“There are many more conservatives among the students than there are among either the faculty or the administration”
You probably could have guessed this, but it’s nice to get some confirmation.
The Harvard Crimson reports:
‘An Endangered Species’: The Scarcity of Harvard’s Conservative Faculty
Government professor Harvey C. Mansfield Jr. ’53 is widely known on campus as the default example of a conservative faculty member at Harvard.
According to Mansfield, this is not because his views possess any sort of “superiority” to others’ perspectives, but simply because a professor with his political stance is “rare” on Harvard’s campus.
“Every class you enter, you have to work out your position vis-à-vis what the professor is saying,” Mansfield said. “Because a professor is going to be a liberal, and he’s not going to be bashful about it.”
“There are many more conservatives among the students than there are among either the faculty or the administration,” he said, adding that those students tend to seek him out as one of the few vocal conservative voices in the Faculty of Arts and Sciences.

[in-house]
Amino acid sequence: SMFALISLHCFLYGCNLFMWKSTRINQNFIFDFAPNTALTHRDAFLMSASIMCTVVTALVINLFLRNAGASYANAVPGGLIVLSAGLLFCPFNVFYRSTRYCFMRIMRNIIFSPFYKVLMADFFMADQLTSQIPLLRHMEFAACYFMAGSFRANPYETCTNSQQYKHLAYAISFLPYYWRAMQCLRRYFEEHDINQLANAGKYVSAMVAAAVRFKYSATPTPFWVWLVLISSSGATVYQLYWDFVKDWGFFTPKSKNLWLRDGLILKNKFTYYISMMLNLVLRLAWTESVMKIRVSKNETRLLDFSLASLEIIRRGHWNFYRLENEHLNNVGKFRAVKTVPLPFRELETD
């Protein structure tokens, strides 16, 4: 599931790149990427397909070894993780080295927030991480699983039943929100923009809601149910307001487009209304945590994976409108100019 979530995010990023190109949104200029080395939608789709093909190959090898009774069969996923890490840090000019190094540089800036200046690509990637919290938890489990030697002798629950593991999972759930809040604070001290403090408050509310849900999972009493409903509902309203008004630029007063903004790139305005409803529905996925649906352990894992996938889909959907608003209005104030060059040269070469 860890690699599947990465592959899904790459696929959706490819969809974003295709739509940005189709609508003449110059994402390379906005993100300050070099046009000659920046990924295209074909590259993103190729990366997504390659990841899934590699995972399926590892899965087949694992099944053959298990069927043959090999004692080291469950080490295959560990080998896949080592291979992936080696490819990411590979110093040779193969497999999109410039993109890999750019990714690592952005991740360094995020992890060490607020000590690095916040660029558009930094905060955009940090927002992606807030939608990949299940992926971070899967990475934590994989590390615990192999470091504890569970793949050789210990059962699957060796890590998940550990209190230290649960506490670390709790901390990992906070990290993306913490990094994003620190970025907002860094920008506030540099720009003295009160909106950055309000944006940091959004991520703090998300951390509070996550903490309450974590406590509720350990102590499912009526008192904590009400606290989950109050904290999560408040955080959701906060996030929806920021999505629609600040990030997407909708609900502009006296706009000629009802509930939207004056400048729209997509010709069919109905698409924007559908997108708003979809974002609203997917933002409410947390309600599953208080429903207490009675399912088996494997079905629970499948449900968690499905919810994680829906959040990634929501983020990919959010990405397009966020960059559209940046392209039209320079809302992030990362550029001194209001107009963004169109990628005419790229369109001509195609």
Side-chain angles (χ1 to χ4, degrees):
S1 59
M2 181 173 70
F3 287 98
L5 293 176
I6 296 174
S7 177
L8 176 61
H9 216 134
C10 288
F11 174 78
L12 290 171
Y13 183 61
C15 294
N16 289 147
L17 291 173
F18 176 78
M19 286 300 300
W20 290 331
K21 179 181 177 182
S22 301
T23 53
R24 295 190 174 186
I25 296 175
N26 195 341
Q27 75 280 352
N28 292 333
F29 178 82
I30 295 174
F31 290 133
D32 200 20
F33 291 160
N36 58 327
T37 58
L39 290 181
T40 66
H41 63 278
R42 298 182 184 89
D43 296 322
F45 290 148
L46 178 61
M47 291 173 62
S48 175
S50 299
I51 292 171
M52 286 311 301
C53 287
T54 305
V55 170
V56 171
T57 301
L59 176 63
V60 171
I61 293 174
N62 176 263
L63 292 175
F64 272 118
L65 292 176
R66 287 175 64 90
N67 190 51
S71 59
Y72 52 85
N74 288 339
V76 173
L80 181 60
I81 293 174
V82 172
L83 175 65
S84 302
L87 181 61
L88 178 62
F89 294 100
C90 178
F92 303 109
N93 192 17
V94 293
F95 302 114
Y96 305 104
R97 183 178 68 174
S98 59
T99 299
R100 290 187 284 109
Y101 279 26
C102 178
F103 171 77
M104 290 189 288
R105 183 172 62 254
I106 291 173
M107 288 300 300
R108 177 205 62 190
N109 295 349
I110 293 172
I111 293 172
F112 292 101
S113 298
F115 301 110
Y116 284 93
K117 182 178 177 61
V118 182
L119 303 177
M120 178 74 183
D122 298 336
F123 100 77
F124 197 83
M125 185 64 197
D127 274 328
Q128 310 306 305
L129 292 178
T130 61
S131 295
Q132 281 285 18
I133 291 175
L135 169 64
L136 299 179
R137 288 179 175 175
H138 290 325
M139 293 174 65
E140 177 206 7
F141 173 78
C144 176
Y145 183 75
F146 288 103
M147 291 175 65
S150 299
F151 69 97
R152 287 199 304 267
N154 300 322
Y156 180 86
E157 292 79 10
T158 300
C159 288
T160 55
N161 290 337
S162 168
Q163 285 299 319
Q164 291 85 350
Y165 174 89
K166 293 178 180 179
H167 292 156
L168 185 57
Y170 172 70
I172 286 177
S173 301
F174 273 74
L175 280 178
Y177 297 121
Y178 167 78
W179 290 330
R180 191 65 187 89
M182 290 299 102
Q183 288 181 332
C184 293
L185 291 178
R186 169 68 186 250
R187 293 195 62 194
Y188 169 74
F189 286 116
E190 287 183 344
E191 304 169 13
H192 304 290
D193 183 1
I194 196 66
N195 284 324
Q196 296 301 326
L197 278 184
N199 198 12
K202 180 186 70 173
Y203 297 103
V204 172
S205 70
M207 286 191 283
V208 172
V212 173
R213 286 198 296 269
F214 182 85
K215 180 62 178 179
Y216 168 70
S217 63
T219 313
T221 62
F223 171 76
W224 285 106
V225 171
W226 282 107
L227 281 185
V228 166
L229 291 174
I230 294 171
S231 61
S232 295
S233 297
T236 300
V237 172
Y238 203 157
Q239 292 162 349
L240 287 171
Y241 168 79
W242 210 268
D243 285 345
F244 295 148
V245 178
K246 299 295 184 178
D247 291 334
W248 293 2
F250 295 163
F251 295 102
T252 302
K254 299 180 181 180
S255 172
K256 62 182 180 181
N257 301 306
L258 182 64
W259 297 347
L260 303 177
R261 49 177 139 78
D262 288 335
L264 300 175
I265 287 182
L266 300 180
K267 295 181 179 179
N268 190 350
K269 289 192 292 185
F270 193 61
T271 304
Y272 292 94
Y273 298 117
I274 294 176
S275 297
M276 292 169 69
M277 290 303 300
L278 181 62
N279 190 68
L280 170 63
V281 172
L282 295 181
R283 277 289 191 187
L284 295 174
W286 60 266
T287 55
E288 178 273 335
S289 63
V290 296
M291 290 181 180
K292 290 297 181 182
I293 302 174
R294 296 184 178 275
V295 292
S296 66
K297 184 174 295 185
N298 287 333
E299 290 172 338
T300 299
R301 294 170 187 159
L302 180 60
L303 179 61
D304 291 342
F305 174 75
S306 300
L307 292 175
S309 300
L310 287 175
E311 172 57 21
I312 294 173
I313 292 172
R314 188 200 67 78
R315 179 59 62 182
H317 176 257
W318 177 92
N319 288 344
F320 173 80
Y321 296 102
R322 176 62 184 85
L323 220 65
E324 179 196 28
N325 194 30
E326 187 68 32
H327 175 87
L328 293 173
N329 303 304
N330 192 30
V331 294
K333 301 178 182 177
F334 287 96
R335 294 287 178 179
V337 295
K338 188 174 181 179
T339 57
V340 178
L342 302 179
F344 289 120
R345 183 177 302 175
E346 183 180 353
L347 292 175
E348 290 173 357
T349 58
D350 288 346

It is no surprise that Harvard’s faculty skews heavily toward the left side of the political aisle. Out of 236 members of the FAS who responded to a question on political leanings in The Crimson’s 2021 Faculty Survey, just seven — 3 percent — identified as “somewhat” or “very conservative,” compared to 183 who identified as “somewhat” or “very liberal.”
Political donations by FAS members show a similar leftward bent. Contributions by FAS faculty to Democrats recorded in the publicly available Federal Election Commission filings for 2017-2020 totaled $744,143, while donations to Republican campaigns and candidates amounted to just $3,010, less than the $5,600 that FAS faculty contributed to independent candidates.
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